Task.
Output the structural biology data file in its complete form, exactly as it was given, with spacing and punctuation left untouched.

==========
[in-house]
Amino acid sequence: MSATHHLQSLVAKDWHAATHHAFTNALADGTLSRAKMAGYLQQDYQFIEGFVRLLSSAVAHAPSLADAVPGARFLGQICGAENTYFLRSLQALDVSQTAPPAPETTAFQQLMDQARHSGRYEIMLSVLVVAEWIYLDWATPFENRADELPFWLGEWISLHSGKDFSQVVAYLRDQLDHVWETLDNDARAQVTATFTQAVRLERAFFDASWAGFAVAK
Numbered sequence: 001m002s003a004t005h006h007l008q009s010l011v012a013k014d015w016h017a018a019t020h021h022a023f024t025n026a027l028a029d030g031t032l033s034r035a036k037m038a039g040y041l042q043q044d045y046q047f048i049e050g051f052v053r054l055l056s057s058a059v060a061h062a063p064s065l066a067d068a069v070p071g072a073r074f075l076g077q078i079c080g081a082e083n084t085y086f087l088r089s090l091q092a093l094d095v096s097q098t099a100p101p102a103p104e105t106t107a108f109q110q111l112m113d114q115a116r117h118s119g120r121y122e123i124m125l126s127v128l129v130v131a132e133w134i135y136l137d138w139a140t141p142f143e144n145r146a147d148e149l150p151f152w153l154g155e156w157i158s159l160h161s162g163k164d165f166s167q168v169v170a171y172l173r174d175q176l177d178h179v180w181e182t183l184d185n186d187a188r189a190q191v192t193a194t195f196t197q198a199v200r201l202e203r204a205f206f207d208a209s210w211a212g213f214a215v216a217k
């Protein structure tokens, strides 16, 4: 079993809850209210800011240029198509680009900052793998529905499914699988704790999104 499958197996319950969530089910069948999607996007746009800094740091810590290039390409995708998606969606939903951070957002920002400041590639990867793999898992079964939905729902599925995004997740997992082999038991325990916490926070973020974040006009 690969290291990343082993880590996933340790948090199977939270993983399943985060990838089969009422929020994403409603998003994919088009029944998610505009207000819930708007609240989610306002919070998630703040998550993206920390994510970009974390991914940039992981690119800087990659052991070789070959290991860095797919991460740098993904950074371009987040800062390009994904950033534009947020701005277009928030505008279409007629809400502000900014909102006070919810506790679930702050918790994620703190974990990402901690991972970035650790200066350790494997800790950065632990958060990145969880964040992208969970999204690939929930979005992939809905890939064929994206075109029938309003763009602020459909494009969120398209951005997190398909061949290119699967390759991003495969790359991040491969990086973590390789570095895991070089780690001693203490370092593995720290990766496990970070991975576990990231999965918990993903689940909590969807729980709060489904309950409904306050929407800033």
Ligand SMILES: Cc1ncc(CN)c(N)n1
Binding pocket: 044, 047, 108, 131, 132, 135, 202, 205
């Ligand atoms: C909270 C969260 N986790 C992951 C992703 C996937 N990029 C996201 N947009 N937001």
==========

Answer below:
[in-house]
Amino acid sequence: MSATHHLQSLVAKDWHAATHHAFTNALADGTLSRAKMAGYLQQDYQFIEGFVRLLSSAVAHAPSLADAVPGARFLGQICGAENTYFLRSLQALDVSQTAPPAPETTAFQQLMDQARHSGRYEIMLSVLVVAEWIYLDWATPFENRADELPFWLGEWISLHSGKDFSQVVAYLRDQLDHVWETLDNDARAQVTATFTQAVRLERAFFDASWAGFAVAK
Numbered sequence: 001m002s003a004t005h006h007l008q009s010l011v012a013k014d015w016h017a018a019t020h021h022a023f024t025n026a027l028a029d030g031t032l033s034r035a036k037m038a039g040y041l042q043q044d045y046q047f048i049e050g051f052v053r054l055l056s057s058a059v060a061h062a063p064s065l066a067d068a069v070p071g072a073r074f075l076g077q078i079c080g081a082e083n084t085y086f087l088r089s090l091q092a093l094d095v096s097q098t099a100p101p102a103p104e105t106t107a108f109q110q111l112m113d114q115a116r117h118s119g120r121y122e123i124m125l126s127v128l129v130v131a132e133w134i135y136l137d138w139a140t141p142f143e144n145r146a147d148e149l150p151f152w153l154g155e156w157i158s159l160h161s162g163k164d165f166s167q168v169v170a171y172l173r174d175q176l177d178h179v180w181e182t183l184d185n186d187a188r189a190q191v192t193a194t195f196t197q198a199v200r201l202e203r204a205f206f207d208a209s210w211a212g213f214a215v216a217k
């Protein structure tokens, strides 16, 4: 079993809850209210800011240029198509680009900052793998529905499914699988704790999104 499958197996319950969530089910069948999607996007746009800094740091810590290039390409995708998606969606939903951070957002920002400041590639990867793999898992079964939905729902599925995004997740997992082999038991325990916490926070973020974040006009 690969290291990343082993880590996933340790948090199977939270993983399943985060990838089969009422929020994403409603998003994919088009029944998610505009207000819930708007609240989610306002919070998630703040998550993206920390994510970009974390991914940039992981690119800087990659052991070789070959290991860095797919991460740098993904950074371009987040800062390009994904950033534009947020701005277009928030505008279409007629809400502000900014909102006070919810506790679930702050918790994620703190974990990402901690991972970035650790200066350790494997800790950065632990958060990145969880964040992208969970999204690939929930979005992939809905890939064929994206075109029938309003763009602020459909494009969120398209951005997190398909061949290119699967390759991003495969790359991040491969990086973590390789570095895991070089780690001693203490370092593995720290990766496990970070991975576990990231999965918990993903689940909590969807729980709060489904309950409904306050929407800033």
Ligand SMILES: Cc1ncc(CN)c(N)n1
Binding pocket: 044, 047, 108, 131, 132, 135, 202, 205
């Ligand atoms: C909270 C969260 N986790 C992951 C992703 C996937 N990029 C996201 N947009 N937001």